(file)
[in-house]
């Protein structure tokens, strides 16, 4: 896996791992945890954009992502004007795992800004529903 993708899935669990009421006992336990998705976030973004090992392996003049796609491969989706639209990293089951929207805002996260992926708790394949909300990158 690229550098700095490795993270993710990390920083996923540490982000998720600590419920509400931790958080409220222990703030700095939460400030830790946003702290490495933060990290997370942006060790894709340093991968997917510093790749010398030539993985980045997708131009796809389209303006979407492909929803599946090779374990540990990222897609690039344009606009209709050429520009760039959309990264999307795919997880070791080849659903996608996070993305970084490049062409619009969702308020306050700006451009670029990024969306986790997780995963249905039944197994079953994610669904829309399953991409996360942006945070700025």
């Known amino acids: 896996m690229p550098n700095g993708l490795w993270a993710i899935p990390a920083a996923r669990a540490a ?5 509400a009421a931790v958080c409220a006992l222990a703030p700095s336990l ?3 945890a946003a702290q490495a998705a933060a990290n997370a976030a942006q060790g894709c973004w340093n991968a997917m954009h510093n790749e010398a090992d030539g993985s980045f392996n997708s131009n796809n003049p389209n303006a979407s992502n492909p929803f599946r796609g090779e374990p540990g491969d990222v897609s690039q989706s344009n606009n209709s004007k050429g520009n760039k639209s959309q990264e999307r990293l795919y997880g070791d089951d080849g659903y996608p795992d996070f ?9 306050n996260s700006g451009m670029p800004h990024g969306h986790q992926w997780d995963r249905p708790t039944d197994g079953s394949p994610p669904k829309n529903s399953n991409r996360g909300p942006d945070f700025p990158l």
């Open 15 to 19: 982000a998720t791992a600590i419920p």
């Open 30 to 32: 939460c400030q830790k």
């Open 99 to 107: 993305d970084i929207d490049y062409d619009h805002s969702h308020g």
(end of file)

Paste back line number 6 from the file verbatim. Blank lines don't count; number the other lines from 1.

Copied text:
């Open 99 to 107: 993305d970084i929207d490049y062409d619009h805002s969702h308020g």